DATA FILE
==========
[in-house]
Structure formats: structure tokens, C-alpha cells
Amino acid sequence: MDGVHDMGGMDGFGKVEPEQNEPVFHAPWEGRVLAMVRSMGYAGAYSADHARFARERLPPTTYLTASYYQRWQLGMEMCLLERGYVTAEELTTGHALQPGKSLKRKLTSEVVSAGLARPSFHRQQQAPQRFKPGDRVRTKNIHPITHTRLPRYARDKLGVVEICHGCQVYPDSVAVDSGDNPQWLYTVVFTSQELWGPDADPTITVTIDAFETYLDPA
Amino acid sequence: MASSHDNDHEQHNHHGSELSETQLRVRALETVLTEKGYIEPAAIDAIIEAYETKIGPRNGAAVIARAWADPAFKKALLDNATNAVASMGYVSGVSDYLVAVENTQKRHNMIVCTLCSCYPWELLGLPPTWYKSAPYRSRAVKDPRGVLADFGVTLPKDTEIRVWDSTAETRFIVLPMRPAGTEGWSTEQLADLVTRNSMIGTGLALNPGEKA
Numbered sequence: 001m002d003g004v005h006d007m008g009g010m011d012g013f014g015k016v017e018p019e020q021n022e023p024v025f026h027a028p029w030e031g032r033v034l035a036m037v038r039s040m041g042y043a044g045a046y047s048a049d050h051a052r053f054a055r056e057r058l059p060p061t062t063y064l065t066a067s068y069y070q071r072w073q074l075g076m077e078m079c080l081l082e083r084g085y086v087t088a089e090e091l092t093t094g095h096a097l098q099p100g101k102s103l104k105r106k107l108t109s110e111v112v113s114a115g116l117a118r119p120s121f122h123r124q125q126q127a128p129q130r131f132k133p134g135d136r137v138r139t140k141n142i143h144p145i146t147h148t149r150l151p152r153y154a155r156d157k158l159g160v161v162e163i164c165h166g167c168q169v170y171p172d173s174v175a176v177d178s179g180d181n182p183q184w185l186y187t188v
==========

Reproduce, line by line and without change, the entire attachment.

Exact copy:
[in-house]
Structure formats: structure tokens, C-alpha cells
Amino acid sequence: MDGVHDMGGMDGFGKVEPEQNEPVFHAPWEGRVLAMVRSMGYAGAYSADHARFARERLPPTTYLTASYYQRWQLGMEMCLLERGYVTAEELTTGHALQPGKSLKRKLTSEVVSAGLARPSFHRQQQAPQRFKPGDRVRTKNIHPITHTRLPRYARDKLGVVEICHGCQVYPDSVAVDSGDNPQWLYTVVFTSQELWGPDADPTITVTIDAFETYLDPA
Amino acid sequence: MASSHDNDHEQHNHHGSELSETQLRVRALETVLTEKGYIEPAAIDAIIEAYETKIGPRNGAAVIARAWADPAFKKALLDNATNAVASMGYVSGVSDYLVAVENTQKRHNMIVCTLCSCYPWELLGLPPTWYKSAPYRSRAVKDPRGVLADFGVTLPKDTEIRVWDSTAETRFIVLPMRPAGTEGWSTEQLADLVTRNSMIGTGLALNPGEKA
Numbered sequence: 001m002d003g004v005h006d007m008g009g010m011d012g013f014g015k016v017e018p019e020q021n022e023p024v025f026h027a028p029w030e031g032r033v034l035a036m037v038r039s040m041g042y043a044g045a046y047s048a049d050h051a052r053f054a055r056e057r058l059p060p061t062t063y064l065t066a067s068y069y070q071r072w073q074l075g076m077e078m079c080l081l082e083r084g085y086v087t088a089e090e091l092t093t094g095h096a097l098q099p100g101k102s103l104k105r106k107l108t109s110e111v112v113s114a115g116l117a118r119p120s121f122h123r124q125q126q127a128p129q130r131f132k133p134g135d136r137v138r139t140k141n142i143h144p145i146t147h148t149r150l151p152r153y154a155r156d157k158l159g160v161v162e163i164c165h166g167c168q169v170y171p172d173s174v175a176v177d178s179g180d181n182p183q184w185l186y187t188v